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02/17/2021

Design for the times

Retail strategy and design expert Kevin Kelley talks about the changing grocery store
Kevin Kelley



As founding partner and principal at L.A.-based Shook Kelley, Kevin Kelley spends a lot of time studying consumers in food-based environments and uses those insights to help retail clients—the likes of Whole Foods, Harvest Market, and Freson Bros.—develop compelling solutions and spaces. Here, we talk to Kelley about everything from the impact of COVID on the grocery store to what’s next. Here are edited excerpts from the interview.

What impact is the pandemic having on stores and what will be some lasting effects?
Prior to COVID, we would’ve said the world was over-sanitized already. We even questioned whether anti-bacterial soap was too much. People would walk in and touch vegetables and pick things up; now it’s obviously completely different. People aren’t touching anything. It’s a fundamental behavioural shift. That lack of tactile-ness has really changed things for us. We see that sticking for a while; however, we know from past epidemics and events that behaviour does change over time, so we don’t see it sticking forever.

But we’re looking at surfaces and materials. We’re exploring sensory activation points such as the sense of smell, which is the most powerful sense. So, for the first time in a long time, the smell of Clorox and Lysol and these things are welcome in the store—we’re actually using the smell of cleaner, which is bizarre. We used to do everything we could to disguise it. We’re also looking at uniforms, and how they can suggest cleanliness. We’re learning to make a statement that shows an extra level of service.

To shift gears, another big question for us is things like salad bars, wine bars, cafes, olive stations—these are things we’re studying. It’s not as simple as, “Just get rid of it,” because these are features that really help differentiate a store. We’re starting to look at salad stations where somebody is there wiping down the counter to cleanliness; people need to see those visual cues, but that does involve a human being and that’s increasing labour. We’re still figuring this out.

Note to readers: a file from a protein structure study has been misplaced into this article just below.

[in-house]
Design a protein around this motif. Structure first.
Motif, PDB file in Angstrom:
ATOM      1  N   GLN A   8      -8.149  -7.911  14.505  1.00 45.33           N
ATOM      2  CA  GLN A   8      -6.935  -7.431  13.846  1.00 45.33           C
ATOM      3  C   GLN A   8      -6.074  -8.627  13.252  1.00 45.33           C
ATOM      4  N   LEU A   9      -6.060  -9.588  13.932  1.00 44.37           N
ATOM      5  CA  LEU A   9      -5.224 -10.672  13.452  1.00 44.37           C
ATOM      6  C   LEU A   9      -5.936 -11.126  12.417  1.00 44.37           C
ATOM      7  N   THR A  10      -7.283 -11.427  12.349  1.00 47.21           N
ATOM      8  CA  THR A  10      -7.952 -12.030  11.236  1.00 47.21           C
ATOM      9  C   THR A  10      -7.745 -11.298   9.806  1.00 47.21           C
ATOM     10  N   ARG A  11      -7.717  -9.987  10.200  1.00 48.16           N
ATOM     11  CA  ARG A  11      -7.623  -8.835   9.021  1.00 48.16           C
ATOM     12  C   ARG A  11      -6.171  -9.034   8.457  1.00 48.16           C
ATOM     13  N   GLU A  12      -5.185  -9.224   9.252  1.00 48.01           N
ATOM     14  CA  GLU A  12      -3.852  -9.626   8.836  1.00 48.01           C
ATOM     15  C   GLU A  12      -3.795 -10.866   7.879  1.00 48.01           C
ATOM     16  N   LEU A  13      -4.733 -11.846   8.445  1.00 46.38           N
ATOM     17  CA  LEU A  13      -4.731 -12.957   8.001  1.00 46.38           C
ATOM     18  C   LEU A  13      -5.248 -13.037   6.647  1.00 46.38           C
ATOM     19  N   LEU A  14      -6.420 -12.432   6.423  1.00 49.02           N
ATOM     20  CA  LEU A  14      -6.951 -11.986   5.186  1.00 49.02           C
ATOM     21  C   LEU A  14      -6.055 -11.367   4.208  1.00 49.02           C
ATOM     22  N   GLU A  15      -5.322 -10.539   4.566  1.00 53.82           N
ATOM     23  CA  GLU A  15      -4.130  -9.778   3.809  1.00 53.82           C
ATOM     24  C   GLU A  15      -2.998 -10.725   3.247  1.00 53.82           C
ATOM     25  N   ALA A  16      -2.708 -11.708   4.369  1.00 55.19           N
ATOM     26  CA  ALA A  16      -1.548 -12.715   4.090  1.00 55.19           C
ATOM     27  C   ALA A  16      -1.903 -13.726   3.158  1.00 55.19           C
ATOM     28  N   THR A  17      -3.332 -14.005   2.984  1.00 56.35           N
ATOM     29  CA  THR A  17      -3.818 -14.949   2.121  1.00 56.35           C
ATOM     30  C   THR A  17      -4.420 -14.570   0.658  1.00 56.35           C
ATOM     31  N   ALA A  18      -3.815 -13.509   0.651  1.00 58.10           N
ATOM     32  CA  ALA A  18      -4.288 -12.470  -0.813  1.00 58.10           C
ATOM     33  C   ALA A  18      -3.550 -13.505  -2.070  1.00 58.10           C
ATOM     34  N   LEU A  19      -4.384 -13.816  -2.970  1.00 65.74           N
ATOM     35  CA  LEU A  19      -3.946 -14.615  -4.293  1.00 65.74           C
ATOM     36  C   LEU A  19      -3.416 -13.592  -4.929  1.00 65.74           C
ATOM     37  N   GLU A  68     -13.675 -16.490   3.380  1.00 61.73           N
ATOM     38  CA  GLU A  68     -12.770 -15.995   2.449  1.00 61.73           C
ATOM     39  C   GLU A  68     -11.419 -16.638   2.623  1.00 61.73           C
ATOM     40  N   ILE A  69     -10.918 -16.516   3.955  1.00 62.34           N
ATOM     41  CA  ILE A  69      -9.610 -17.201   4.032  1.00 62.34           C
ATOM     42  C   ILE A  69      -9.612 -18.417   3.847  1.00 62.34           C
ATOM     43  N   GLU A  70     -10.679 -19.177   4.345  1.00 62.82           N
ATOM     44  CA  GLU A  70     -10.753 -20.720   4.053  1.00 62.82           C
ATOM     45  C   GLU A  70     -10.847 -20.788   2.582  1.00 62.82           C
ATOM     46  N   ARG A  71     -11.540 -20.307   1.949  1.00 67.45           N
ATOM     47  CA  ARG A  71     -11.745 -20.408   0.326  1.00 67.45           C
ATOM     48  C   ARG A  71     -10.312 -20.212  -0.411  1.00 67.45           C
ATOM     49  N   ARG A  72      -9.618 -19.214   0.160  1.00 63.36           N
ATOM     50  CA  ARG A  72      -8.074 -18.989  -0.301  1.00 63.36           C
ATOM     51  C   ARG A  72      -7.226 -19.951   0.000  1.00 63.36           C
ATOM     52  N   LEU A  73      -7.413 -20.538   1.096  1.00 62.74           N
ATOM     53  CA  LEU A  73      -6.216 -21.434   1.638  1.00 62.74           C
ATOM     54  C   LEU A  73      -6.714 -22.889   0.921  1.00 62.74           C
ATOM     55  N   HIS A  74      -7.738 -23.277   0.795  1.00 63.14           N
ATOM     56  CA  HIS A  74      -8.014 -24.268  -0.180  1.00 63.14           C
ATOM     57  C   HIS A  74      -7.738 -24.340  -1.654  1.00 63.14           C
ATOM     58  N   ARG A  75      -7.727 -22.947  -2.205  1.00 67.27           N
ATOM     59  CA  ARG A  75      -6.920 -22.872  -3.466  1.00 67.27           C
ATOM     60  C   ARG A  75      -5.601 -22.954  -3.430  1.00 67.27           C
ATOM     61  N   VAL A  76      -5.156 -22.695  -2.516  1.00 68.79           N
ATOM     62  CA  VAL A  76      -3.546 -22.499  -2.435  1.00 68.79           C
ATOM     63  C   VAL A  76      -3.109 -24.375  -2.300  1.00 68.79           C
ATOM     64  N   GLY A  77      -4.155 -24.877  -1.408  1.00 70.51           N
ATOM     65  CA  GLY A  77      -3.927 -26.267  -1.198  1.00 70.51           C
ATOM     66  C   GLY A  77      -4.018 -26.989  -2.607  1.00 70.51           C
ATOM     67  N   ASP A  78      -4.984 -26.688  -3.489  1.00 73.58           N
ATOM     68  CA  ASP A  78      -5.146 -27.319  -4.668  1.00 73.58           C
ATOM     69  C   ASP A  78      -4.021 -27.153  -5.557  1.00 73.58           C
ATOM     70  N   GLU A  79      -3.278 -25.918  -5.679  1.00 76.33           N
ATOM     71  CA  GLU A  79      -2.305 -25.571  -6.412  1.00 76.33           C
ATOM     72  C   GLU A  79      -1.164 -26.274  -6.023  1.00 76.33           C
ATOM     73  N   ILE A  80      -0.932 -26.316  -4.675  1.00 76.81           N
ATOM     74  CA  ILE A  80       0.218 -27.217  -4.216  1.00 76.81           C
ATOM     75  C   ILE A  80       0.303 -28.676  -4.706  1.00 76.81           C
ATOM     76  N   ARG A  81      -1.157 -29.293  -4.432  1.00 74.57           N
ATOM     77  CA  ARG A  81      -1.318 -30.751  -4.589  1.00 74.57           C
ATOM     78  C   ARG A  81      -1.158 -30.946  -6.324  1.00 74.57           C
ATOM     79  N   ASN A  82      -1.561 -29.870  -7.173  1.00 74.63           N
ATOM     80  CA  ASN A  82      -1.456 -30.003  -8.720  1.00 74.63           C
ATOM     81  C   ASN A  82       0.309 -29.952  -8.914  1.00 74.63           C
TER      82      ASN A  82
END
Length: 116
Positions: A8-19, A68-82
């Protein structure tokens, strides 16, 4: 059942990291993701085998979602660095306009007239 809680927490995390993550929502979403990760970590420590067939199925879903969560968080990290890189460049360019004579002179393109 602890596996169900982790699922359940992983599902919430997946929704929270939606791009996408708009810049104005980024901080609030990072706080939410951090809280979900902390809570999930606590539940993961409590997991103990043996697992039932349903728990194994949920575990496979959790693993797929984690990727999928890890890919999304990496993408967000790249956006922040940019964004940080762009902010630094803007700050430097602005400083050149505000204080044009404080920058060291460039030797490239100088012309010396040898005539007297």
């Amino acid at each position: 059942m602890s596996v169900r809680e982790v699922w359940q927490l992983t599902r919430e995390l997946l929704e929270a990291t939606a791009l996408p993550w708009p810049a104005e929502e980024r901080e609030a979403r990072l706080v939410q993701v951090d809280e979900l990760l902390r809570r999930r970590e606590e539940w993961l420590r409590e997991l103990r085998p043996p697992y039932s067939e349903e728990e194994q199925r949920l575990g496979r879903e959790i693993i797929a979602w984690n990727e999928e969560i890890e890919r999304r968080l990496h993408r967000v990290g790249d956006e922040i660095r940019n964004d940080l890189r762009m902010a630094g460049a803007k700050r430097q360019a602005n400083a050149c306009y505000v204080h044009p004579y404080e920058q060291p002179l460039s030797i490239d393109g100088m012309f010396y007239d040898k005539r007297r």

What are your grocery retail clients asking for in terms of design?
The one thing we’ve heard from the retailers, which surprises us because they’re a pretty conservative bunch, is they’re saying they want flexibility. This tells us they have faith that things are going to go back to normal. They’re having us design stores that have a temporary, short-term phase, but with a long-term vision to bring back a lot of those key aspects/ features that respond to those trends that were already in motion such as more eating on premise, more bars, more social gatherings.

In the future, what will grocery stores look like?
We see smaller stores, right off the bat, which means centre store will become much more edited and curated. We see a more restaurant-esque approach, a non-grocery approach. Brands are going to try to not to look like a traditional grocery store. We’ll continue to see urban stores, despite the exodus to the suburbs. Although, we might build urban-looking stores in suburbia. We still see these places as more local and more community , like in the old days. We actually see that soul coming back into these spaces, and people using the store differently—to have a beer, to engage and to learn about products. We see that coming back. It’s exciting.

And we’re doing a lot of experimentation. Could we do stores without aisles? Could we do stores with zones not based on the category of product, but that are consumer-needs based? You think of all the things that go with coffee, or all the things that go with breakfast, or that go with making lunch. It’s a different arrangement. So we’ve been looking at that in a radically different way. I think that’s where the race is going to happen. Grocery’s been resistant to that and this crisis has helped.

What’s the outlook for grocery stores?
It’s a really exciting time for grocery stores. Prior to COVID, they had been getting beat on and demoralized. Part of that had to do with the headlines, just over and over and “Will there be grocery stores in the future?” Now, they’re having their moment in the sun. Talking with consumers we’re finding they take great comfort in knowing there’s a local grocery store . That sentiment, and that spirit, has been really good. Grocers we’re talking to have an innovation mindset now, to go, “OK, what can we do with this once-in-a-lifetime opportunity?”

This article appeared in Canadian Grocer's February 2021 issue.